Tag: fathers

Quote of the Day: Men of Integrity

 

“Being a man of integrity simply means your intentions, as well as your actions, are pure and righteous in all aspects of your life, both in public and in private. With each decision we make, we either merit more of God’s trust or diminish His trust. This principle is perhaps most clearly manifest in our divinely appointed responsibilities as husbands and fathers.” — Richard J. Maynes

Jeff is my older brother. When he was a young man, he read about Job in the Bible. He was impressed with Job’s integrity and decided from that time on that he would be a “man of integrity.” He also had good examples with Dad, Grandpa Mitchell, and our uncles. (Grandpa Mitchell died on Father’s Day in 1994.) Jeff has always been a good example to me. He’s always been a man of his word. I also married a man of integrity!

We Are in Freefall

 

In a world gone mad, Marxist zombies riot, burn, loot and murder in every major city in America (and many European capitals) over the death of the hero/criminal George Floyd. Corporate America, Hollywood celebrities, etc., fall all over themselves to confess their white guilt. Statues and monuments are torn down and it no longer matters if what they represented was good or not because it’s total nihilism. And the people who are charged with the authority to maintain order and protect us stand by and do nothing.

Under these circumstances, it’s not hyperbole to say that our country is in moral and intellectual freefall.

Rafael Mangual joins Kay Hymowitz to discuss evidence suggesting that children are often better off when criminal parents are imprisoned—the subject of Mangual’s story, “Fathers, Families, and Incarceration,” from the Winter 2020 Issue of City Journal.

A common criticism of incarceration in the United States, notes Mangual, is that it harms children by taking parents or siblings out of their homes. But recent studies show that children living with a parent who engages in high levels of antisocial behavior may be worse off than kids with incarcerated parents.

Mothers and Fathers

 

My number four son is now a police officer, a few months into his first year on the job. He spends his evenings and nights driving his patrol car around a New England city, staying awake, keeping the peace.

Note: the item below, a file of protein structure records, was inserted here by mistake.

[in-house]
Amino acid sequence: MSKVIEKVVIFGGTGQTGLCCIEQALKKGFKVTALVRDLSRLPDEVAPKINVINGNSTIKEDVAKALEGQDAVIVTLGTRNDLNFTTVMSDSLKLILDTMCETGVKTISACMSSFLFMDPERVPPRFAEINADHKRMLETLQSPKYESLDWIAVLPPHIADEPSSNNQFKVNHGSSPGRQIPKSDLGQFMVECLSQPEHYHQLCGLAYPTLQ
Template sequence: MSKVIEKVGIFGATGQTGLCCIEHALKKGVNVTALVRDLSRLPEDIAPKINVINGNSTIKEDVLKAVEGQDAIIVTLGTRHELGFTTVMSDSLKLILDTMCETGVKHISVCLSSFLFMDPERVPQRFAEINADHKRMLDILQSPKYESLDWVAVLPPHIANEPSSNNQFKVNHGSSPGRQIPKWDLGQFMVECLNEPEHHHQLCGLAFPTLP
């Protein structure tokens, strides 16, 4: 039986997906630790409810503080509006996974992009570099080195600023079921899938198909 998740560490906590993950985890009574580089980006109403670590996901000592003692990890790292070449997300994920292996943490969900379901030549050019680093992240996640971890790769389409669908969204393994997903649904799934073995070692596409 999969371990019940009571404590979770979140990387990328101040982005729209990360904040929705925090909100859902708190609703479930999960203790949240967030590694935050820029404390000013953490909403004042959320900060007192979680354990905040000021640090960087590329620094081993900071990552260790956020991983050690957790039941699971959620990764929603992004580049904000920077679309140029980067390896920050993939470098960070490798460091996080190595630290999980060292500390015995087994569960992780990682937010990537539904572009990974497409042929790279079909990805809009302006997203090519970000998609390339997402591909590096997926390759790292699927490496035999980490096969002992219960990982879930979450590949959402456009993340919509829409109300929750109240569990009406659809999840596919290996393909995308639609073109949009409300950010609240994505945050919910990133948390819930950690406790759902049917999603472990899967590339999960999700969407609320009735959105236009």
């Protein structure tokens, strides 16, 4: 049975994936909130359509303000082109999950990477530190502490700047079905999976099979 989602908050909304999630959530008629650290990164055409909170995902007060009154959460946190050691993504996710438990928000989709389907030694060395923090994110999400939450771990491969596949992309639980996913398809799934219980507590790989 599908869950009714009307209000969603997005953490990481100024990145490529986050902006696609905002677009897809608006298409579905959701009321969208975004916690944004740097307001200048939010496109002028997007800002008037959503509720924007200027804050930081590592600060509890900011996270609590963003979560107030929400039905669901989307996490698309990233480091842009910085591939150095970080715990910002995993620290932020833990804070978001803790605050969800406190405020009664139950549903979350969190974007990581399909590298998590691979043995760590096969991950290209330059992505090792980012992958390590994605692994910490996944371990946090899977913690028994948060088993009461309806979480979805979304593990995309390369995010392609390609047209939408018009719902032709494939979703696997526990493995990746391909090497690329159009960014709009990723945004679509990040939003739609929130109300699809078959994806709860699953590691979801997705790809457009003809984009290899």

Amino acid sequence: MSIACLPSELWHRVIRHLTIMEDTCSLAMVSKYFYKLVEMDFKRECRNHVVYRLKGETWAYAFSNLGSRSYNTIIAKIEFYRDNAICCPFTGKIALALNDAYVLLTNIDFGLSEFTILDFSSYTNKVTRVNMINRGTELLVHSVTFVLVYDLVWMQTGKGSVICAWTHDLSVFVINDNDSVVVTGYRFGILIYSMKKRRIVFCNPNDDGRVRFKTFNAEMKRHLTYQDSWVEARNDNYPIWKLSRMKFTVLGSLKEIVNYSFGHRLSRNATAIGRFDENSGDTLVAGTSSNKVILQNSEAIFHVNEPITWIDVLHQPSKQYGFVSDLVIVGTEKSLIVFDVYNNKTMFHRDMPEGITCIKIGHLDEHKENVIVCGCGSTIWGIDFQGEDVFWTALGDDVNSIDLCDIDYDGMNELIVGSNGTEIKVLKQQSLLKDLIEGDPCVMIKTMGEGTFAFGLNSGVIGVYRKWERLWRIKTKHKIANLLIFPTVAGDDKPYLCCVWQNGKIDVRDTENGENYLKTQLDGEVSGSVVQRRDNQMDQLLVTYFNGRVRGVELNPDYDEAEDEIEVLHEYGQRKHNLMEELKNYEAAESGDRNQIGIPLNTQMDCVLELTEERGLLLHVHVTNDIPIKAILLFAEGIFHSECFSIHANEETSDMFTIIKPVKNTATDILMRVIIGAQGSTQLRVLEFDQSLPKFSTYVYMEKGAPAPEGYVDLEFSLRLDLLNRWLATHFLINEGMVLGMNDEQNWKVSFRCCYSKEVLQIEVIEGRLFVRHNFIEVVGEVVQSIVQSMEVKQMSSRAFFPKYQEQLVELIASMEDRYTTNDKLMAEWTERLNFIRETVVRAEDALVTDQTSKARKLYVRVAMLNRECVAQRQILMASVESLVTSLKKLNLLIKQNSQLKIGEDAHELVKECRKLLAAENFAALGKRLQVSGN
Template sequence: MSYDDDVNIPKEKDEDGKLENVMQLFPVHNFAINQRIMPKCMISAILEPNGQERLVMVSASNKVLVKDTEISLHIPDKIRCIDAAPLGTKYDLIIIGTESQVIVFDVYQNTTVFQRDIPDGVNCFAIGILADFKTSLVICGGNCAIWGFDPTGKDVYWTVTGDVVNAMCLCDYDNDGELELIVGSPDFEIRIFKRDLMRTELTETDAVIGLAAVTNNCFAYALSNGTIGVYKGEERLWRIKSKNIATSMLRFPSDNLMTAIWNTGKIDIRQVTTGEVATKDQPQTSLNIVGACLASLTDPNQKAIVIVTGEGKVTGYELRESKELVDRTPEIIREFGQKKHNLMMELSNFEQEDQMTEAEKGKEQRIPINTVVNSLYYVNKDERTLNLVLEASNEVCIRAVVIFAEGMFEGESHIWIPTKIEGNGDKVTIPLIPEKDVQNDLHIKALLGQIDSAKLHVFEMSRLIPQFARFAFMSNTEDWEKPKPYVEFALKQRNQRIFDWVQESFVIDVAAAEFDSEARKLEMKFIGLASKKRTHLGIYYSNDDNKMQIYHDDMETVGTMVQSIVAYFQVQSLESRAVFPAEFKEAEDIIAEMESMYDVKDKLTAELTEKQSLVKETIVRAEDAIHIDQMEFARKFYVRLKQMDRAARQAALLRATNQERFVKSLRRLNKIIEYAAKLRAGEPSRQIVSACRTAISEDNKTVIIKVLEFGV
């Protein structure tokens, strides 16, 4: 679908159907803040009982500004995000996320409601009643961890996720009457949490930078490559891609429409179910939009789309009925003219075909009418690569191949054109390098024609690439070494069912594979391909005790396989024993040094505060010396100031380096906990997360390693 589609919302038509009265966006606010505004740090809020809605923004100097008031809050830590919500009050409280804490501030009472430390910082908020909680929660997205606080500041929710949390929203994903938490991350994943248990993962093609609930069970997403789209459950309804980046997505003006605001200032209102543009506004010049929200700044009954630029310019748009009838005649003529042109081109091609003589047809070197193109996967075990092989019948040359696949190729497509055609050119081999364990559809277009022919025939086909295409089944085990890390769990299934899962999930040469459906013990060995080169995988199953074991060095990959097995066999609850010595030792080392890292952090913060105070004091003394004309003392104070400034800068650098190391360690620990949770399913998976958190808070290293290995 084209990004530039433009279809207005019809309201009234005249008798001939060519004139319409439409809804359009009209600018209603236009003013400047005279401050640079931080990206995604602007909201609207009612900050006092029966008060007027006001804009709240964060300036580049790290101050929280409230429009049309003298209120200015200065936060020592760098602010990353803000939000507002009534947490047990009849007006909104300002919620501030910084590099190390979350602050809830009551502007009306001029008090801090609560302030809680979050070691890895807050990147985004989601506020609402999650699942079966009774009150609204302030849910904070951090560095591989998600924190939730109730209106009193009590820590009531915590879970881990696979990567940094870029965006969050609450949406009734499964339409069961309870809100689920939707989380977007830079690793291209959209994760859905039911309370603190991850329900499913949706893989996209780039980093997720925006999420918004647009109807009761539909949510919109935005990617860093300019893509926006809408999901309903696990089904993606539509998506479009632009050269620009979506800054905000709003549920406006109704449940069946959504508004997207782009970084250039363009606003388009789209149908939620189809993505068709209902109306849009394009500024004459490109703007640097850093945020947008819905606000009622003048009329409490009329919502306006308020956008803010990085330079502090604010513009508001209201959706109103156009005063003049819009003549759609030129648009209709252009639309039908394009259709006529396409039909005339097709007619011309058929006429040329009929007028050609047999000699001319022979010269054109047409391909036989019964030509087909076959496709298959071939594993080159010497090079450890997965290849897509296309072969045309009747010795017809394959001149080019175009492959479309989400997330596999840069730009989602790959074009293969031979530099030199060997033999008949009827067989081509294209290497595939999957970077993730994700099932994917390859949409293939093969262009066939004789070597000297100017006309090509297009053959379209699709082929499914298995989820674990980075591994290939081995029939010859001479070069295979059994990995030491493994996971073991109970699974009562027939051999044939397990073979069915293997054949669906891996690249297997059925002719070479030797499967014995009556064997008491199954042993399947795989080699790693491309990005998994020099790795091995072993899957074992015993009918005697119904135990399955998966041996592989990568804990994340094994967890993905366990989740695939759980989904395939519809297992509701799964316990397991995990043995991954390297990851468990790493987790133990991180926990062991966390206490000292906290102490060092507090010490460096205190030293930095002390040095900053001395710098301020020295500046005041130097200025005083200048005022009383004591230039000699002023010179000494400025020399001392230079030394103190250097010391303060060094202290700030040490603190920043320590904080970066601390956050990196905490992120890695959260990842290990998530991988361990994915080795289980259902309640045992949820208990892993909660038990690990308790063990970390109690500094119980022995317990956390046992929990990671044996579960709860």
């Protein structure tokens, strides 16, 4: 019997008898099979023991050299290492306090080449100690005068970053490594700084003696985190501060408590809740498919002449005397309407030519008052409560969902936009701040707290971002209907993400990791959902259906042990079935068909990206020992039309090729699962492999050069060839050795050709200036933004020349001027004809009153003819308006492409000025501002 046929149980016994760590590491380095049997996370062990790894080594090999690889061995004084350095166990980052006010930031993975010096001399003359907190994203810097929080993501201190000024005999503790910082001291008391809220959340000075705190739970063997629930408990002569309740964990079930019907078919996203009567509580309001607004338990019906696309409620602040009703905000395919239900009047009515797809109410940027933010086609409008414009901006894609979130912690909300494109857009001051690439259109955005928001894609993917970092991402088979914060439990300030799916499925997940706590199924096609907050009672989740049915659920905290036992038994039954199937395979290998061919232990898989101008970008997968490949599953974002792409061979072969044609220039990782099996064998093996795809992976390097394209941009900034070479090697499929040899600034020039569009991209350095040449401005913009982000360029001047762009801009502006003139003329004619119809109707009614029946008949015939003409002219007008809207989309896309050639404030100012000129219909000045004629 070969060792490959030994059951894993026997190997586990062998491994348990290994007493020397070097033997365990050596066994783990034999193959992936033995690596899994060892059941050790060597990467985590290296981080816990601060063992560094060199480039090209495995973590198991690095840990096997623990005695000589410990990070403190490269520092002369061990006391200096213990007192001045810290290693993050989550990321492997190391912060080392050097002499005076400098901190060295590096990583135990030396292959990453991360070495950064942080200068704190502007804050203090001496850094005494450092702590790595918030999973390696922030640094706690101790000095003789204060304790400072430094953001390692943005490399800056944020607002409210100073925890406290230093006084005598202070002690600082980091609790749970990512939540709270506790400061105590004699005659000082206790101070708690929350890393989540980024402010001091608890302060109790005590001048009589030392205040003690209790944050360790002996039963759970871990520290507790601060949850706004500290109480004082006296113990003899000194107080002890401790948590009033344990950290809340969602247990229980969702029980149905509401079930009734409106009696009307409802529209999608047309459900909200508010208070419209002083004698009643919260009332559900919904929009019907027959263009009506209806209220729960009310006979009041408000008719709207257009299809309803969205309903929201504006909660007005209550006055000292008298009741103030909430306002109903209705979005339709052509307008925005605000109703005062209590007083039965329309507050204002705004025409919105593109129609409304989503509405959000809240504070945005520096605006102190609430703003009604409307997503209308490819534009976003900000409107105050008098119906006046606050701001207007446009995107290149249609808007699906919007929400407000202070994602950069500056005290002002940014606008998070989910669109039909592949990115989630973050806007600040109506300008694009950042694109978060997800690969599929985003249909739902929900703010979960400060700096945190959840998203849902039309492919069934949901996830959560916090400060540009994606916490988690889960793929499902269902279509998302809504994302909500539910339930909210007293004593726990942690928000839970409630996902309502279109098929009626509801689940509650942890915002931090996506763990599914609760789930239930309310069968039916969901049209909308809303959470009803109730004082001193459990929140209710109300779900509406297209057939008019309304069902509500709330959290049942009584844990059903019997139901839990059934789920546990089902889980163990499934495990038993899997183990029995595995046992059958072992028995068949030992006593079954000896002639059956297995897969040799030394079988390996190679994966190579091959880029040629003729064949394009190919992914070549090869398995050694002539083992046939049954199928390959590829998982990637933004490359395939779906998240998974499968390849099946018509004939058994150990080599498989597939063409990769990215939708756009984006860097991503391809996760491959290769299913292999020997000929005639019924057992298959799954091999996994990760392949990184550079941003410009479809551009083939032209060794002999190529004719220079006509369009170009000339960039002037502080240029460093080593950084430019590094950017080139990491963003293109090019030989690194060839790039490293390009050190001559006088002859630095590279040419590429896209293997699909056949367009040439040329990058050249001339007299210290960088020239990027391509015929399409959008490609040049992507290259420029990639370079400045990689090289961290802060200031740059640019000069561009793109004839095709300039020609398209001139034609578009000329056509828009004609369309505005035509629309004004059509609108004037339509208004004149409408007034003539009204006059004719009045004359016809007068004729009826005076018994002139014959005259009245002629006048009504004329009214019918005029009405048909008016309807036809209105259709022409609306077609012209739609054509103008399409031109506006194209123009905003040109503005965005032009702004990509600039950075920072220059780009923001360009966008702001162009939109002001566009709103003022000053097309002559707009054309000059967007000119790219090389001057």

He tells me that about once a week he responds to a domestic call involving a minor. With few exceptions, they’re variations on the same theme: a single mother with one child, a son, who is unruly and defiant and whom she can’t control. My son tells me that his department responds to at least one of these every day — this in a relatively small city.

Rest in Peace, Philip Charles Gabriel

 

Three weeks ago, my dad talked to me for the last time. Three days ago, he died.

During those final weeks, any words surprised me. He was diagnosed with dementia eight years ago, four years after that with Alzheimer’s disease, and hasn’t been able to converse for several months. Every visit, he was a bit quieter, a lot thinner; a little less like Dad.

But he could still manage that sweet smile I remembered from my youngest days. Dad was gentle, peaceful, and seemed happy for visits, even when he didn’t know who we were. My brother, sister, and I would sit around dad’s couch or bed; he was content to eavesdrop on our conversations, occasionally revealing sparks of recognition.

Quote of the Day: Fathers and Sons

 

“Every father should remember one day his son will follow his example, not his advice.” – Charles Kettering

I worked as an engineer for many years before shifting into technical writing. I have three adult sons. All three are engineers. I did not advise them to be engineers. I advised them to follow the careers that would serve them best.

Just in time for Father’s Day weekend, the Behind the Blue Wall podcast brings you some of the most terrible and culturally unacceptable advice on being a dad ever recorded. In other words, it’s 100% honest.

The editorial page editor of the Boston Herald and four-time father Tom Shattuck (aka “The Great And Powerful Tom” of radio fame) talks about what it’s really like to be a dad, particularly when you’re someone who doesn’t like kids.

Father’s Day and the Longest Day of the Year

 

Here it is, the gloaming, Midsummer Day. On a deeper, darker gloaming, in another place in 1960, we kids danced around outside and then Dad came home from work. It had been one of his long days. He looked tired out, even wearing a shirt and tie, and he was carrying packages and smiling.

Honor Thy Father

 

We make a big fuss about mothers in our culture. Think of how often politicians offer sympathy to “heroic” single moms who are doing such an amazing job. Many do, and of course, their lives are extremely hard and they deserve sympathy. As a mother of three sons, I cannot imagine how I would have managed alone. That much having been said, this Father’s Day is a good time to remember that fathers are crucial to their children’s happiness and success.